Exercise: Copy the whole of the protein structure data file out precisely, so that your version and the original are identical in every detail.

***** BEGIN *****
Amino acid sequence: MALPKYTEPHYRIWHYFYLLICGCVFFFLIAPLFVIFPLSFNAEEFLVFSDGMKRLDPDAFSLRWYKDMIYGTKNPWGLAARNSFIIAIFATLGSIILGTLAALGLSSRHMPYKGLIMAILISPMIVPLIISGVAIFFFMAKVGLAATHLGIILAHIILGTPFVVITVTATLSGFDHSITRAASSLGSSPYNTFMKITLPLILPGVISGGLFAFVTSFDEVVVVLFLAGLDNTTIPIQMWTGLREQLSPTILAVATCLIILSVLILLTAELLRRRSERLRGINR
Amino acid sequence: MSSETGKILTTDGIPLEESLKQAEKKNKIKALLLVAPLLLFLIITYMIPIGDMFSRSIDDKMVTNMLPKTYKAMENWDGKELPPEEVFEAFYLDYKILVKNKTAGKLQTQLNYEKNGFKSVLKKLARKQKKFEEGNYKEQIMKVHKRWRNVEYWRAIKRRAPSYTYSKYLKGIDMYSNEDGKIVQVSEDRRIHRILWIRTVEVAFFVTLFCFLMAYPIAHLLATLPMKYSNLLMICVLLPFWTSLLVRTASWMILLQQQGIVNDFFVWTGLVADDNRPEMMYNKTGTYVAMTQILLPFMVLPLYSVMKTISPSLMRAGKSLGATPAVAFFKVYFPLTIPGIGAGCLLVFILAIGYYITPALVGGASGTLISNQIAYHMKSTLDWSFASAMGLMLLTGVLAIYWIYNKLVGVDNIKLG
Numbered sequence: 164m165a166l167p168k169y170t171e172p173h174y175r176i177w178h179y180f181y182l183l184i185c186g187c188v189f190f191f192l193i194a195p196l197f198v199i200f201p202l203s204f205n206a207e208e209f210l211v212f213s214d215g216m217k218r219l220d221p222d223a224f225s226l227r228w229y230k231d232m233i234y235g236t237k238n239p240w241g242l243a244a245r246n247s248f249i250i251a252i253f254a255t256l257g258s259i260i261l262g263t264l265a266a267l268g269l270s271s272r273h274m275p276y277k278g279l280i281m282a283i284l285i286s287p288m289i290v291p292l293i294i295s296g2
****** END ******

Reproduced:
Amino acid sequence: MALPKYTEPHYRIWHYFYLLICGCVFFFLIAPLFVIFPLSFNAEEFLVFSDGMKRLDPDAFSLRWYKDMIYGTKNPWGLAARNSFIIAIFATLGSIILGTLAALGLSSRHMPYKGLIMAILISPMIVPLIISGVAIFFFMAKVGLAATHLGIILAHIILGTPFVVITVTATLSGFDHSITRAASSLGSSPYNTFMKITLPLILPGVISGGLFAFVTSFDEVVVVLFLAGLDNTTIPIQMWTGLREQLSPTILAVATCLIILSVLILLTAELLRRRSERLRGINR
Amino acid sequence: MSSETGKILTTDGIPLEESLKQAEKKNKIKALLLVAPLLLFLIITYMIPIGDMFSRSIDDKMVTNMLPKTYKAMENWDGKELPPEEVFEAFYLDYKILVKNKTAGKLQTQLNYEKNGFKSVLKKLARKQKKFEEGNYKEQIMKVHKRWRNVEYWRAIKRRAPSYTYSKYLKGIDMYSNEDGKIVQVSEDRRIHRILWIRTVEVAFFVTLFCFLMAYPIAHLLATLPMKYSNLLMICVLLPFWTSLLVRTASWMILLQQQGIVNDFFVWTGLVADDNRPEMMYNKTGTYVAMTQILLPFMVLPLYSVMKTISPSLMRAGKSLGATPAVAFFKVYFPLTIPGIGAGCLLVFILAIGYYITPALVGGASGTLISNQIAYHMKSTLDWSFASAMGLMLLTGVLAIYWIYNKLVGVDNIKLG
Numbered sequence: 164m165a166l167p168k169y170t171e172p173h174y175r176i177w178h179y180f181y182l183l184i185c186g187c188v189f190f191f192l193i194a195p196l197f198v199i200f201p202l203s204f205n206a207e208e209f210l211v212f213s214d215g216m217k218r219l220d221p222d223a224f225s226l227r228w229y230k231d232m233i234y235g236t237k238n239p240w241g242l243a244a245r246n247s248f249i250i251a252i253f254a255t256l257g258s259i260i261l262g263t264l265a266a267l268g269l270s271s272r273h274m275p276y277k278g279l280i281m282a283i284l285i286s287p288m289i290v291p292l293i294i295s296g2